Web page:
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26 pays in a 27 payroll year Indiana
I work for a public school district in Indiana and received an interesting letter with my paycheck this week. I have a contracted salary that has traditionally been split over 26 pays. This year, due to payroll creep, there would be a 27th pay period. Instead of realizing this in advance and scheduling an additional paycheck (and reducing the other 26 paychecks a fraction to make up for the 27th), we were told that our payroll will run on a 14 day, 19 day, and 16 day interval - effectively eliminating this 27th paycheck. The pay amount of these oddly staggered checks will not differ, we just have to make our paychecks float longer. We are essentially losing a weeks work of pay due to how the calendar falls - even though our contracted salary amount is paid out correctly, there are more days in the affected pay periods that we are not compensated for.
My question is this - is this a legal practice? Can a state agency such as our school district mess with the pay schedule like this? The last time this happened, we went around with the HR department and got no real resolution. Thanks in advance for giving me more insight to this issue.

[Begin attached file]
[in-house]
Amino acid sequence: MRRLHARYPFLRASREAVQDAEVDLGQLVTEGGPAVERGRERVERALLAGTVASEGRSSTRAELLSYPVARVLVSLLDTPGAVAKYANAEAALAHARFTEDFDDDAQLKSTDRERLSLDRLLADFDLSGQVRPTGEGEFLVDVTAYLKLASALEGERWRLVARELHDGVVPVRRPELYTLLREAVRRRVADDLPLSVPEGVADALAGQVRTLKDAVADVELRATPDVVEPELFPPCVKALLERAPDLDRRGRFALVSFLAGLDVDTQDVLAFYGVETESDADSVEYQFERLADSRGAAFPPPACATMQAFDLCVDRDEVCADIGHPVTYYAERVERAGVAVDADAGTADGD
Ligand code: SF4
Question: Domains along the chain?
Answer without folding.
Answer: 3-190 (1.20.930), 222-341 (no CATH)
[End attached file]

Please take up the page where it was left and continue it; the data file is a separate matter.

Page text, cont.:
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- 4 Comments
- This is a discussion payroll professionals have nearly every year, but I have never heard of this method. There is no such thing in any of the tax tables as a 16-day or 19-day pay period.
Good point. I missed that. Creating a legal odd payperiod tax withholding method is not impossible, IRS has rules on how to do that. But IN law could have rules on altering the pay period on a one time basis. This implies that the pay date would change on a go forward basis. This is odd indeed.
The normal 27th pay period discussion is based on 14 days in a BW period times 26 pay periods per year is 364 days, while the year has 365-366 days in it. This implies that occasionally we have an extra full entire 14 day 27th pay period.#1; Fri, 22 May 2009 07:24:00 GMT
- Public school, I'm assuming union? If so, have you spoken to your union rep about this?
This is a discussion payroll professionals have nearly every year, but I have never heard of this method. There is no such thing in any of the tax tables as a 16-day or 19-day pay period.#2; Fri, 22 May 2009 07:17:00 GMT
- What you describe is legal under federal law if done correctly (advanced notice). Your state is not my state and I have no opinion on IN law on this issue. If you are union, your contract could also have something to say about this.
BW payroll has an extra 27th payroll every few years and it has been a long time discussion item in the payroll community on how to handle this. Some firms pay the extra payroll and some firms do what you describe.#3; Fri, 22 May 2009 07:15:00 GMT
- Public school - non-union employee... I'm sure if I had a union, this would have never been an issue.. :)#4; Fri, 22 May 2009 07:18:00 GMT